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King of Cheese; Alan Salt celebrates his 50-year Jubilee as a Stilton cheese maker! Part 1

King of Cheese; Alan Salt celebrates his 50-year Jubilee as a Stilton cheese maker! Part 1

This is part one with part two next week: This summer we celebrate Alan Salt’s (often referred to as Salty) 50-year Jubilee as a Stilton cheese maker! This is something we are very proud of and honour Alan’s continued dedication to the cheese industry. If you have ever been lucky enough to meet Salty or within his company you will understand why he’s such a valued member of the team here at Hartington Creamery, funny, witty and very good at making stilton!

Part 1 of 2: We were lucky enough to take an hour out of Salty’s busy schedule to ask everything from the history of Hartington Creamery, Stilton memorabilia to his big BBC Country File appearance.

How, when and why did Hartington Creamery begin?

Hartington Dairy started in the early 1870’s it was set up by local farmers with the help of the 7th Duke of Devonshire from Chatsworth House he rented the land the site was built on he was also the major landowner in Hartington and the farmers were mostly his tenants   – The first purpose built cheese factory in the UK was started at Longford in Derbyshire  on the 4th May 1870 – The idea of factories was to benefit from the economies of scale- prior to factories cheese was made on most farms but quality varied considerably , the idea of factories was to create more uniformity. The Longford site was deemed a success and the idea was copied in  other parts of the UK , particularly in Derbyshire and Staffordshire , very soon many Creameries sprang up including Hartington.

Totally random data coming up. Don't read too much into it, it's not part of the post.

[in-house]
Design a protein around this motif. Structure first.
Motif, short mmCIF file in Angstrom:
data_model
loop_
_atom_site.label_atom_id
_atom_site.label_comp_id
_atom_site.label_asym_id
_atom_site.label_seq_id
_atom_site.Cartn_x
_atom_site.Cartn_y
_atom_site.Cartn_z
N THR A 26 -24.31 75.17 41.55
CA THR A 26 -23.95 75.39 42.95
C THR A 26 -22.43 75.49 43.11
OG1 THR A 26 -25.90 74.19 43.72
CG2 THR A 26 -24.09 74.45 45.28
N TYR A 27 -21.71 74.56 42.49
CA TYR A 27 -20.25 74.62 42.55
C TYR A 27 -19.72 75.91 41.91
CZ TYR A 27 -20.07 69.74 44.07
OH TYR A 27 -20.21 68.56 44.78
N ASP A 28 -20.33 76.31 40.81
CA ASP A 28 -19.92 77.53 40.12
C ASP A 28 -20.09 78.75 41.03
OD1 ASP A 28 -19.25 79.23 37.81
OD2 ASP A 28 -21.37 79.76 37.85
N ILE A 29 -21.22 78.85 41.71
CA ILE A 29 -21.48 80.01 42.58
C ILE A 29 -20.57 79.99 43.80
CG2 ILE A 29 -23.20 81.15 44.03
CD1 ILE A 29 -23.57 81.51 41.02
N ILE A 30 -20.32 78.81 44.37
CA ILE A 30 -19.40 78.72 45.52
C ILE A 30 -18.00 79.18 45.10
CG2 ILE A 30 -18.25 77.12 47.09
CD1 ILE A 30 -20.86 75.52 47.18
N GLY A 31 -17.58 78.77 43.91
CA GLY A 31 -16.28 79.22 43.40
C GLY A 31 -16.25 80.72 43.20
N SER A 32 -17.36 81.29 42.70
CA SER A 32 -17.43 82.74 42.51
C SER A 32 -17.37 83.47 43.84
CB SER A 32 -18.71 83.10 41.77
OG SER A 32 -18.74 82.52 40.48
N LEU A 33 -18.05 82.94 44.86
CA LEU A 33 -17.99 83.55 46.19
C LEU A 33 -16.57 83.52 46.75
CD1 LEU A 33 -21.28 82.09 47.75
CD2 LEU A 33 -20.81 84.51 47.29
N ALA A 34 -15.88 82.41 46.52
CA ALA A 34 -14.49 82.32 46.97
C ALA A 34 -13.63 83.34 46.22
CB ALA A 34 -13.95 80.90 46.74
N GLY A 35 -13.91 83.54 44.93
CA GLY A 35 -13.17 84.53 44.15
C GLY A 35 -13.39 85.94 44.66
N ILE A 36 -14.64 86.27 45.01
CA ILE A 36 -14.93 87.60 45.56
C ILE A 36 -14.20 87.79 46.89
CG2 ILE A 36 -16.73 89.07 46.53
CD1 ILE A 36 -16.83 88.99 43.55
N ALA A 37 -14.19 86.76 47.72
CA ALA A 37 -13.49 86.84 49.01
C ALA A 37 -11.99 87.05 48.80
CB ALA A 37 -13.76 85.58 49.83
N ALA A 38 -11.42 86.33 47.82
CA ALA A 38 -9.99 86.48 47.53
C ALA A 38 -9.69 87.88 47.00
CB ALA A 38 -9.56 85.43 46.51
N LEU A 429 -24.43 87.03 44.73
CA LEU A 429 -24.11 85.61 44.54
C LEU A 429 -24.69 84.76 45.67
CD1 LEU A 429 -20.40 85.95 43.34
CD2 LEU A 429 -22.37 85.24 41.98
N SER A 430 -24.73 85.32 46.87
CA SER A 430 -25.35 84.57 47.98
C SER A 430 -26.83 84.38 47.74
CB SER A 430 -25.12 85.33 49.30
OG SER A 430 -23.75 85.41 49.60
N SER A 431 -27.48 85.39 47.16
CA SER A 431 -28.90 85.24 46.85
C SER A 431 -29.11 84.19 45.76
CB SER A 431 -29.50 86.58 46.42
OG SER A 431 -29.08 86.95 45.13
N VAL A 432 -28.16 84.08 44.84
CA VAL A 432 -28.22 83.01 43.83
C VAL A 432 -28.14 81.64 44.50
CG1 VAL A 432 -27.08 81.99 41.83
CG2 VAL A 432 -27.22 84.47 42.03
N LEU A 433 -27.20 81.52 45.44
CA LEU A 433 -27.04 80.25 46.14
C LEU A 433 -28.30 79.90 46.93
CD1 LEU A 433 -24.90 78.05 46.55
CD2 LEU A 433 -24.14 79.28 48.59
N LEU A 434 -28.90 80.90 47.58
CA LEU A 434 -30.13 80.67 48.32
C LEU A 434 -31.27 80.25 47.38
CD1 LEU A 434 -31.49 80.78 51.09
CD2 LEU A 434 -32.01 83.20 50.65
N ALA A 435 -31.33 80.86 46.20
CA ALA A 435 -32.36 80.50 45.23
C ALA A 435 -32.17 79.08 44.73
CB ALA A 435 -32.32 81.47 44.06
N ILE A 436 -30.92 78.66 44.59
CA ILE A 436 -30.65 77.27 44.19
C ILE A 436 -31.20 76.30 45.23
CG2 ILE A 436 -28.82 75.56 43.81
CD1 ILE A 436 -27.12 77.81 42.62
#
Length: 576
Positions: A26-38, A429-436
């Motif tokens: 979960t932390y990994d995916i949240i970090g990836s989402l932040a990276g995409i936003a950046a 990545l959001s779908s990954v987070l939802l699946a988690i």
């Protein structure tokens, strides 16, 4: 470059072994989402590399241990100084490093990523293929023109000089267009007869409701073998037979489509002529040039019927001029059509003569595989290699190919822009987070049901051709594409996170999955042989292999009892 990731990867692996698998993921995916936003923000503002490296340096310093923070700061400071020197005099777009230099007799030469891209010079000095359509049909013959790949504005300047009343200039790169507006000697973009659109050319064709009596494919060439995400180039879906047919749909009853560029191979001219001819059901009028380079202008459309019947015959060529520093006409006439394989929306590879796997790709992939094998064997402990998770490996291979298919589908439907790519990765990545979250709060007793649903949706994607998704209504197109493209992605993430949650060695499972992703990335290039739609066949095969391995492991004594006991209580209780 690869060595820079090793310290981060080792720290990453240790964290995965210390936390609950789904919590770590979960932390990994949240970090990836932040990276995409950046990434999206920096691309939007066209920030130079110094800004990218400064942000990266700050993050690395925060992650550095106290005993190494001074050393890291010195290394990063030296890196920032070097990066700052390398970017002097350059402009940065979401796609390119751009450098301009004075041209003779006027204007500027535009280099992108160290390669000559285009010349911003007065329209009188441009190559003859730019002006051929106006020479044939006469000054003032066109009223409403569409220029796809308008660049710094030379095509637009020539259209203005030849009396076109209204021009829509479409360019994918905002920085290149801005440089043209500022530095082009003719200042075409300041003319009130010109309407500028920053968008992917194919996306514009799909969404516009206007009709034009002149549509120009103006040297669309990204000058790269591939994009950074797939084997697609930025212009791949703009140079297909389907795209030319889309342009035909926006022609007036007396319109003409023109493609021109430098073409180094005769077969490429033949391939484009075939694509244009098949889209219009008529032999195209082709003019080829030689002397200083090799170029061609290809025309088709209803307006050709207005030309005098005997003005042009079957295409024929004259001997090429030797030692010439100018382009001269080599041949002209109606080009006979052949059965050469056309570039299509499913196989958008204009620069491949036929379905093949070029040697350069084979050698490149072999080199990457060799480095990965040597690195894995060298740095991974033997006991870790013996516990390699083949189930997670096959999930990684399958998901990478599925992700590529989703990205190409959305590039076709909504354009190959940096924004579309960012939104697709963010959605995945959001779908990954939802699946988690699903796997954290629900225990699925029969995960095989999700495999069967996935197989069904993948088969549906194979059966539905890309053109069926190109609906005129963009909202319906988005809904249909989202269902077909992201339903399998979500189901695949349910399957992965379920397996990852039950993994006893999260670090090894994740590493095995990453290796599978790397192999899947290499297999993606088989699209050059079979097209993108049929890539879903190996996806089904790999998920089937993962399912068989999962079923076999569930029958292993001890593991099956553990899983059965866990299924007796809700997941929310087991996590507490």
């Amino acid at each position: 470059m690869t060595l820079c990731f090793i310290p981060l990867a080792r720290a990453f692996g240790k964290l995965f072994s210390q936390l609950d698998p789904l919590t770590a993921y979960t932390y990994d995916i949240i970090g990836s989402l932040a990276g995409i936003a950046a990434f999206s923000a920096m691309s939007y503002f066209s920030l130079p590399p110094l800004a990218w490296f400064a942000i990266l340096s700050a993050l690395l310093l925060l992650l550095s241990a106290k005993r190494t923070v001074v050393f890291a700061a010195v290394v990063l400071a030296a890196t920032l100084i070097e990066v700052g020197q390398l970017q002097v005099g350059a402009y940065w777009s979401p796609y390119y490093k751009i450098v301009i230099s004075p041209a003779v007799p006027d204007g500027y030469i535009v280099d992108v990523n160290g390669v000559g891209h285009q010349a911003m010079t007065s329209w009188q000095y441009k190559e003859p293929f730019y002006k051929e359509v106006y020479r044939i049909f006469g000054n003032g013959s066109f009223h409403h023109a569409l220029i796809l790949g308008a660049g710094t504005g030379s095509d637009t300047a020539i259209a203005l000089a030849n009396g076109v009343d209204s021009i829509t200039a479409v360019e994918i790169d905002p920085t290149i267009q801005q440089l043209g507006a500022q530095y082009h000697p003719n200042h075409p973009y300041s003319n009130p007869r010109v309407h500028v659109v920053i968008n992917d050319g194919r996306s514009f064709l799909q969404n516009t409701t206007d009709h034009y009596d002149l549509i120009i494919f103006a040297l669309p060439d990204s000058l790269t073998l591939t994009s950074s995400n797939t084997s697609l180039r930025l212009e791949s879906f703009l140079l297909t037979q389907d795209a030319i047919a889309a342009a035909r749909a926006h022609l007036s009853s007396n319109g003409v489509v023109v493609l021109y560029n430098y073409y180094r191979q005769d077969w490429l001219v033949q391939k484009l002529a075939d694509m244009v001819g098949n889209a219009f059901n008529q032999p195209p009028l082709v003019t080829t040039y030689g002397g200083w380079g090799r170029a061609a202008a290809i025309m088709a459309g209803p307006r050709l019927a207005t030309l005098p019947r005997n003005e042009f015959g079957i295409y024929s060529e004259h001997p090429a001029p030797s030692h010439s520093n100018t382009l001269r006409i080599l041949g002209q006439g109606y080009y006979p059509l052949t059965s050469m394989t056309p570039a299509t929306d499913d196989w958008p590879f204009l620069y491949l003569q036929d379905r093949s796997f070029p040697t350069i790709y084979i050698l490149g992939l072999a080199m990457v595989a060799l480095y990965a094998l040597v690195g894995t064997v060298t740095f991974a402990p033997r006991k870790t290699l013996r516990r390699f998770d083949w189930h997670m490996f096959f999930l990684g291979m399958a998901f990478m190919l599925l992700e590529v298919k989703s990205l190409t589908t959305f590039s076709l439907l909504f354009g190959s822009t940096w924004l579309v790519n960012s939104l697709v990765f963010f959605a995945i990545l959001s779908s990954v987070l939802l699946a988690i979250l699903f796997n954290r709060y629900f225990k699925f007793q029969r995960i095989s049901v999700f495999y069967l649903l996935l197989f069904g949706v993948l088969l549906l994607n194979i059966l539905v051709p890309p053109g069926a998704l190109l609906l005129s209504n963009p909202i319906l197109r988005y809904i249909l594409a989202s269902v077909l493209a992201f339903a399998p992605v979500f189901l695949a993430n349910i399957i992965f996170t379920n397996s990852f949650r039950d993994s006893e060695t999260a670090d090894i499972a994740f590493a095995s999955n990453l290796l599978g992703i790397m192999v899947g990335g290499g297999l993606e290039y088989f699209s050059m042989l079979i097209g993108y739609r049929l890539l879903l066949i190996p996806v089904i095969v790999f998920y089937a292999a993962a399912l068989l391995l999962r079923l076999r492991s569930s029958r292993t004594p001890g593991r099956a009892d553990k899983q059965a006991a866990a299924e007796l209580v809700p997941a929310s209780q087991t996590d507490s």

What is your historical timeline involvement with the Hartington Creamery? 

I started at Hartington Dairy on  Monday July 17th 1972 -then called Dove Dairy – and owned by the Milk Marketing Board _ I worked for the MMB ( which became Dairy Crest)  for 36 years , 26 directly at the Hartington site and 10 years attached to Dairy Crest head office but still very involved with Hartington- I had a PR job which involved travelling all over the UK and overseas ( US, France, Holland) promoting Dairy Crest products particularly Hartington Stilton. When Hartington was sold in 2008 I was made redundant and worked for 3 years as a consultant in the cheese industry before commencing in 2011, with a small group of people to set up the new Hartington Creamery limited which started production in October 2012 . I have worked at the Dairy since then but am now in “Semi retirement” and only work 2 or 3 days a week, basically when they need me, I usually run the pasteurizer, a job I first did in 1972 so I’m finishing as I started LOL.

How has the cheese industry changed over the past 50 years? What affect has this had on Hartington? 

One big change is the amount of cheese that is prepacked nowadays – in the 1970’s Hartington’s production was 20% prepack, 80% whole cheese by the mid 1990’s these figures were about reversed. During the 80’s and 90’s a lot of old Cheese sites closed and the UK generally had less (but bigger Dairies) , this trend has changed particularly in the last 10 years with the number of small “micro dairies” that have opened up -The UK now has more cheese varieties than it probably ever had had, some say we now have more than the French! 

When the original factory closed, we believe you wanted to bring production back to Hartington. Did you face any complications? 

When the Dairy closed completely in 2009 at Hartington it was a bitter blow to the staff and the area, a while after (end 2010) another ex Hartington worker called Adrian Cartlidge ( who I’d worked with for years -also his dad had been my first boss in 1972)- came to me and said “ it’s wrong the dairies gone we should do something about it “ . Adrian had worked at the dairy for many years and between us we had about 50 years of experience – He was the sites Technical manager and I’d been production so we had a good start! We had no direct business\financial experience but we got 3 people who owned cheese shops and eventually set up the operation at Pikehall.

Part 2 of this fascinating history and exceptional achievement from Alan will be available next week…

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